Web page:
19th February 2020
Four new missions to study the Solar System proposed by NASA
NASA has announced the finalists for its next Discovery Program missions. The four candidates include spacecraft to explore Venus, Jupiter's volcanic moon Io, and Neptune's icy moon Triton. The final two selections will be confirmed in 2021.
NASA's Discovery Program is a series of lower-cost, highly focused missions to explore the Solar System. Each mission has a cost cap, below NASA's Flagship and New Frontiers programs. As a result, Discovery missions tend to be aimed at a more specific scientific goal (rather than serving a general purpose).
The most recently-selected Discovery missions were announced in 2017 – Lucy, a probe that will visit several asteroids including the Trojans, with a launch date of October 2021; and Psyche, a spacecraft to study the large metallic asteroid 16 Psyche, with a launch date of August 2022.
The 2020 Discovery Program candidates have now been revealed. They are as follows:
DAVINCI+ (Deep Atmosphere Venus Investigation of Noble gases, Chemistry, and Imaging Plus)
This spacecraft, if chosen, would travel to Venus and study both its atmosphere and surface properties – revealing new clues about the planet's origin and how it evolved over time, and confirming whether it once had oceans. The mission could provide new insights into how and why the Venus atmosphere is so different from those of Earth and Mars.
DAVINCI+ will plunge through the hellish atmosphere to precisely measure its composition down to the surface. A purpose-built descent sphere will enclose and protect the scientific instruments from the intense environment, which includes temperatures more than twice that of an oven on its highest setting, along with crushing air pressure and sulphuric acid rain.
The “+” in DAVINCI+ refers to the imaging component of the mission, which includes an HD camera on the descent sphere (similar to that used during Curiosity's descent to Mars in 2012), as well as those on the orbiter to map the surface rock types. The last U.S.-led, in-situ mission to Venus was in 1978. The results from DAVINCI+ have the potential to reshape our understanding of terrestrial planet formation in our Solar System and beyond.
VERITAS (Venus Emissivity, Radio Science, InSAR, Topography, and Spectroscopy)
VERITAS would study the different rock types on Venus, creating the first-ever global map of its surface composition. Using a synthetic aperture radar while orbiting the planet, VERITAS could produce highly detailed 3D reconstructions of topography and determine surface elevations – with a resolution as sharp as 5 m (16 ft) – confirming whether processes, such as volcanism and plate tectonics, are still active. The mission could reveal the geologic history of Venus and why it developed so differently than Earth. It will determine the location of basalt, for example, and look for the presence of granite, which are important for revealing the history of water. VERITAS might even reveal the existence of water in some form on present-day Venus.
Io Volcano Observer (IVO)
IVO would visit Jupiter's moon, Io, to learn how tidal forces shape planetary bodies. Io is heated by the constant crush of Jupiter's gravity and is the most volcanically active body in our Solar System. More than 400 volcanoes can spew plumes of gas as high as 500 kilometres (300 miles) above its constantly changing surface. Little is known about Io's specific characteristics – such as whether a magma ocean exists in its interior. Arriving at some point in the 2031 to 2033 timeframe, IVO would perform up to 10 close-in flybys, assessing how magma is generated and behaves on Io. Like the Galileo spacecraft of the 1990s and early 2000s, this mission could return some potentially spectacular photographs, with newer and more modern cameras offering much higher pixel resolutions than its predecessor.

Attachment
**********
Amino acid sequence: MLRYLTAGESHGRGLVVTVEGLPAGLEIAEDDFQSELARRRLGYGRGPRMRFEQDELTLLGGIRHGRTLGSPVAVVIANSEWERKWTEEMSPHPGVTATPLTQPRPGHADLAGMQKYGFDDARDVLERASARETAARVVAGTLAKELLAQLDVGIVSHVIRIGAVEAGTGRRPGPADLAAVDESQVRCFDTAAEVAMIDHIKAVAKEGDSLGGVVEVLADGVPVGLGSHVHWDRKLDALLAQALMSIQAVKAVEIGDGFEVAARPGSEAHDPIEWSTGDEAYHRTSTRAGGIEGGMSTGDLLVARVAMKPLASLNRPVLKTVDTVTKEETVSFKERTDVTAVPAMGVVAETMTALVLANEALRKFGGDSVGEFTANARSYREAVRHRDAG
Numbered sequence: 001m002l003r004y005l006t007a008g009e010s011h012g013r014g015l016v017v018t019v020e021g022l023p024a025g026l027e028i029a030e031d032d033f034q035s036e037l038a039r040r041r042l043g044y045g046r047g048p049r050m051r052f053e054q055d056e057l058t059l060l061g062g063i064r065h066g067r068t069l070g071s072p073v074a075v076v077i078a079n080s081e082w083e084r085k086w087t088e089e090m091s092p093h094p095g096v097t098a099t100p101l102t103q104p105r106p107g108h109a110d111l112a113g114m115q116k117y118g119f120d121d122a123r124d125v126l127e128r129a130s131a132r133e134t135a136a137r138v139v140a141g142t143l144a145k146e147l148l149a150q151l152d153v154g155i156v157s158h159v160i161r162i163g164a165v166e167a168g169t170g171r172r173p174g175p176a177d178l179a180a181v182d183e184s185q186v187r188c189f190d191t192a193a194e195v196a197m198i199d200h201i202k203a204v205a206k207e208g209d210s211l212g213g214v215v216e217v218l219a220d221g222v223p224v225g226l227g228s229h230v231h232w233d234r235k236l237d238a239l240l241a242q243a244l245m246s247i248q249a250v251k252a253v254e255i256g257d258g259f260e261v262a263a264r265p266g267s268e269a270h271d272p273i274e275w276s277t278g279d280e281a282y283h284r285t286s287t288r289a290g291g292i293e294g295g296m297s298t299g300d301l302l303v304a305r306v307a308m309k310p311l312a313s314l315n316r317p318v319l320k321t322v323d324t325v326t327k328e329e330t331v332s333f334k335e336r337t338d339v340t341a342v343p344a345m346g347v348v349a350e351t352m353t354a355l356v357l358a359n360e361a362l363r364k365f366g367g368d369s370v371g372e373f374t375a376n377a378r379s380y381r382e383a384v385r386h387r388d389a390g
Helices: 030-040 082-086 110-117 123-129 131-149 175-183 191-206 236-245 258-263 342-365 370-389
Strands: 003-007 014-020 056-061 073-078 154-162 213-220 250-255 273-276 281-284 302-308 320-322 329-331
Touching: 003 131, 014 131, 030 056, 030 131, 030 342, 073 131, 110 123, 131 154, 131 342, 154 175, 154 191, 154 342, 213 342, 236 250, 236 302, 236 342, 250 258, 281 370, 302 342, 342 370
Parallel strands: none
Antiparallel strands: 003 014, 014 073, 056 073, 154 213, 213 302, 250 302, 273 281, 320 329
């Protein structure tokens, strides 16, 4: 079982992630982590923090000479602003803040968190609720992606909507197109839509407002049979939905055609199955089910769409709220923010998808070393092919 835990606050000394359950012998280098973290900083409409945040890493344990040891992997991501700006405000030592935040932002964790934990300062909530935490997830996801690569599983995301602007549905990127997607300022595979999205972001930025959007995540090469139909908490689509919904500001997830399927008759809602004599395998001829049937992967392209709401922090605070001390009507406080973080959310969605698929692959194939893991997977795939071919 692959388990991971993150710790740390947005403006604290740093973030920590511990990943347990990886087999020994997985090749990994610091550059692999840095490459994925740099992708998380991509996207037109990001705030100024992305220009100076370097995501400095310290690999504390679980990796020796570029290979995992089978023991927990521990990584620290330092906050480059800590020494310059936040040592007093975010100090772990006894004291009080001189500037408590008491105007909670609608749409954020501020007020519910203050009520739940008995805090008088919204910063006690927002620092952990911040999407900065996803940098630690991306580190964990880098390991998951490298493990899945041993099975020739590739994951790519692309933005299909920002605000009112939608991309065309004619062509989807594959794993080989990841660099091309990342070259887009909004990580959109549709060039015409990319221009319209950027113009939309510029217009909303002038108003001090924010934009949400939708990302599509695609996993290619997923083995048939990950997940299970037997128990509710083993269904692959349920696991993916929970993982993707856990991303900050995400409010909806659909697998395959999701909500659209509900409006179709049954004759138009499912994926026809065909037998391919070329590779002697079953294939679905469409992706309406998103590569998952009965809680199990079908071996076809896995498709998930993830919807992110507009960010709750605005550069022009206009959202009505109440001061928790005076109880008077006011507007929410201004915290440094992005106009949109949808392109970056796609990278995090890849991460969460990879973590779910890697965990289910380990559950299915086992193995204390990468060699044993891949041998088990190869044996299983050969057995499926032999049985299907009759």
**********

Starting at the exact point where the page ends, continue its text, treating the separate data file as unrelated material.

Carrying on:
Trident would explore Triton, the largest natural satellite of the planet Neptune. A unique and highly active moon, Triton is known to have active resurfacing – generating the second youngest surface in the Solar System – with the potential for erupting plumes and an atmosphere. Coupled with an ionosphere that can produce organic snow and the potential for an interior ocean, Triton is an exciting target for studying how habitable worlds may develop. Using a single fly-by, Trident would map Triton, characterise active processes, and determine whether the predicted subsurface ocean exists. With a launch window in 2026, the probe could reach Triton in 2038, passing through its tenuous atmosphere within 500 km (310 mi) of the surface, sampling its ionosphere with a plasma spectrometer and performing magnetic induction measurements to detect any internal ocean.
"These selected missions have the potential to transform our understanding of some of the Solar System's most active and complex worlds," said Thomas Zurbuchen, associate administrator of NASA's Science Mission Directorate. "Exploring any one of these celestial bodies will help unlock the secrets of how it, and others like it, came to be in the cosmos."
Each of the four proposals will receive $3 million to develop and mature concepts over the next nine months, including a Concept Study Report. After the evaluation of these concept studies, NASA will make its final two selections in 2021.
Which two missions would you most like to see developed? Let us know in the comments below! You can also vote in our forum.